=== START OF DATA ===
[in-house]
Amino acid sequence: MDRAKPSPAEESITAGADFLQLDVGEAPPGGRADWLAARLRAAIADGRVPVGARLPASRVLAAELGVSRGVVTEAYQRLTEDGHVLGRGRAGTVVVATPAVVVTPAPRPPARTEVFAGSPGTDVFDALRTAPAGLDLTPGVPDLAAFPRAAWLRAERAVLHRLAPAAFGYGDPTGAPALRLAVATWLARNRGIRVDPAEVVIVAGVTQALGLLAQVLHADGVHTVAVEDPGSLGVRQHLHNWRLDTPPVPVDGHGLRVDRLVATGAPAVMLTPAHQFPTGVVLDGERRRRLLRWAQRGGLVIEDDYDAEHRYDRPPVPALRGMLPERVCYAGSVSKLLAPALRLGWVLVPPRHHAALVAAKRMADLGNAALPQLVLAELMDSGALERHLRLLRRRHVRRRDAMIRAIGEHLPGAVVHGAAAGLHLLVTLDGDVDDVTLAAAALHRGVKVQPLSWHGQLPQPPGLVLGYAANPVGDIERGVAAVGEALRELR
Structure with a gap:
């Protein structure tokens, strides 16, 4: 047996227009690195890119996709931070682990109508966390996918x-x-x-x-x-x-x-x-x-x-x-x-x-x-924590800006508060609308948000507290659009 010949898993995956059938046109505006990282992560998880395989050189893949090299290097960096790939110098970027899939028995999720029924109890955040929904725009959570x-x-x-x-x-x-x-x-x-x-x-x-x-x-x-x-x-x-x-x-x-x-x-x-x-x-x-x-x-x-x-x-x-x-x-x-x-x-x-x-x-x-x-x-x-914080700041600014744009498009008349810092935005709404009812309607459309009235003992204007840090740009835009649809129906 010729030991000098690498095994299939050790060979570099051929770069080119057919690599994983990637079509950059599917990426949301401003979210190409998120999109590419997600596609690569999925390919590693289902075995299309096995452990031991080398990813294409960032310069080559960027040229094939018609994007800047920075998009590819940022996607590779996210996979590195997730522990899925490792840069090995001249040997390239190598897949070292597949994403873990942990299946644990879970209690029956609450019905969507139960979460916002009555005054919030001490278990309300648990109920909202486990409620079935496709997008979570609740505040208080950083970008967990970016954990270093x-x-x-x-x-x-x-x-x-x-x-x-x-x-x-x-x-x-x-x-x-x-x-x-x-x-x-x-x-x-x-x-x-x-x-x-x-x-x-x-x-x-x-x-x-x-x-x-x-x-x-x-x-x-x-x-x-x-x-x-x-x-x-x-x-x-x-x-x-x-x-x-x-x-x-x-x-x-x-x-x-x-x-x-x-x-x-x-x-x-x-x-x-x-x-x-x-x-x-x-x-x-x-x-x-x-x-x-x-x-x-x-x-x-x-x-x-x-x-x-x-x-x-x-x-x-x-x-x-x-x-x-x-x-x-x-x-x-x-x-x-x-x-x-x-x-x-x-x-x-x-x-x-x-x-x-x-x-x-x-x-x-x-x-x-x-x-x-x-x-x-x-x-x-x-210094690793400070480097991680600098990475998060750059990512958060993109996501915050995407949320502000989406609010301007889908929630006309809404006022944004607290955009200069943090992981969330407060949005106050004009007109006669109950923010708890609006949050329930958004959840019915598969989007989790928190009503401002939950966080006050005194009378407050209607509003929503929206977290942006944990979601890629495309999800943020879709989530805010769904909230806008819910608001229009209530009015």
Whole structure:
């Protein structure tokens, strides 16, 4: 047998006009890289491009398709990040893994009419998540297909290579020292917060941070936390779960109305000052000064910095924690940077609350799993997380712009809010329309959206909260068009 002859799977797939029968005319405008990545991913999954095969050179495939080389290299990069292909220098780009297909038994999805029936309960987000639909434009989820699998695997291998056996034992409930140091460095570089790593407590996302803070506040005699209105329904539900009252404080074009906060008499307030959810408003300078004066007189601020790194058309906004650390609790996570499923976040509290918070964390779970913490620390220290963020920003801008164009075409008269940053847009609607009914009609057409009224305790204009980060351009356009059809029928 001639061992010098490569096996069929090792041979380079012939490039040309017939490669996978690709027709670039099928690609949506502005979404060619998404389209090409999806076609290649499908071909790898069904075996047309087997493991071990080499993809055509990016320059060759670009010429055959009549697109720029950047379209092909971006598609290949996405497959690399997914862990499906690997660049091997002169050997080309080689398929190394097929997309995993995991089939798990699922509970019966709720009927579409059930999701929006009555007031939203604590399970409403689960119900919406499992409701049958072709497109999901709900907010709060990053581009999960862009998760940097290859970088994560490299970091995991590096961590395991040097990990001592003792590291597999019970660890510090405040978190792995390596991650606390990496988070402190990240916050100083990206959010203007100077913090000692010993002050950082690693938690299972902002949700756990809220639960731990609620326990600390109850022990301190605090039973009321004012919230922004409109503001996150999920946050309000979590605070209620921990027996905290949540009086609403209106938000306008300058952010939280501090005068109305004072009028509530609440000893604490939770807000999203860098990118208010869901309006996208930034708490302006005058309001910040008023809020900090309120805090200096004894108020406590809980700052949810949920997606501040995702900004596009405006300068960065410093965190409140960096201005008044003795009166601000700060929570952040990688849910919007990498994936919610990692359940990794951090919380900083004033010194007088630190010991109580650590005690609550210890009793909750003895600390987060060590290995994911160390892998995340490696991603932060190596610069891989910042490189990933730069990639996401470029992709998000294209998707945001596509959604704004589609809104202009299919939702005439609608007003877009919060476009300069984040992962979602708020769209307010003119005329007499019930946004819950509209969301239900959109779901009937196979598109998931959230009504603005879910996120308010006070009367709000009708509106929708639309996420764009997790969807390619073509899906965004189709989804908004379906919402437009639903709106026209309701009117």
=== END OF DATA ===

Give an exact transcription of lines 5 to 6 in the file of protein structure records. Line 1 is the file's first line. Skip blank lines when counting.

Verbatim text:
Whole structure:
């Protein structure tokens, strides 16, 4: 047998006009890289491009398709990040893994009419998540297909290579020292917060941070936390779960109305000052000064910095924690940077609350799993997380712009809010329309959206909260068009 002859799977797939029968005319405008990545991913999954095969050179495939080389290299990069292909220098780009297909038994999805029936309960987000639909434009989820699998695997291998056996034992409930140091460095570089790593407590996302803070506040005699209105329904539900009252404080074009906060008499307030959810408003300078004066007189601020790194058309906004650390609790996570499923976040509290918070964390779970913490620390220290963020920003801008164009075409008269940053847009609607009914009609057409009224305790204009980060351009356009059809029928 001639061992010098490569096996069929090792041979380079012939490039040309017939490669996978690709027709670039099928690609949506502005979404060619998404389209090409999806076609290649499908071909790898069904075996047309087997493991071990080499993809055509990016320059060759670009010429055959009549697109720029950047379209092909971006598609290949996405497959690399997914862990499906690997660049091997002169050997080309080689398929190394097929997309995993995991089939798990699922509970019966709720009927579409059930999701929006009555007031939203604590399970409403689960119900919406499992409701049958072709497109999901709900907010709060990053581009999960862009998760940097290859970088994560490299970091995991590096961590395991040097990990001592003792590291597999019970660890510090405040978190792995390596991650606390990496988070402190990240916050100083990206959010203007100077913090000692010993002050950082690693938690299972902002949700756990809220639960731990609620326990600390109850022990301190605090039973009321004012919230922004409109503001996150999920946050309000979590605070209620921990027996905290949540009086609403209106938000306008300058952010939280501090005068109305004072009028509530609440000893604490939770807000999203860098990118208010869901309006996208930034708490302006005058309001910040008023809020900090309120805090200096004894108020406590809980700052949810949920997606501040995702900004596009405006300068960065410093965190409140960096201005008044003795009166601000700060929570952040990688849910919007990498994936919610990692359940990794951090919380900083004033010194007088630190010991109580650590005690609550210890009793909750003895600390987060060590290995994911160390892998995340490696991603932060190596610069891989910042490189990933730069990639996401470029992709998000294209998707945001596509959604704004589609809104202009299919939702005439609608007003877009919060476009300069984040992962979602708020769209307010003119005329007499019930946004819950509209969301239900959109779901009937196979598109998931959230009504603005879910996120308010006070009367709000009708509106929708639309996420764009997790969807390619073509899906965004189709989804908004379906919402437009639903709106026209309701009117």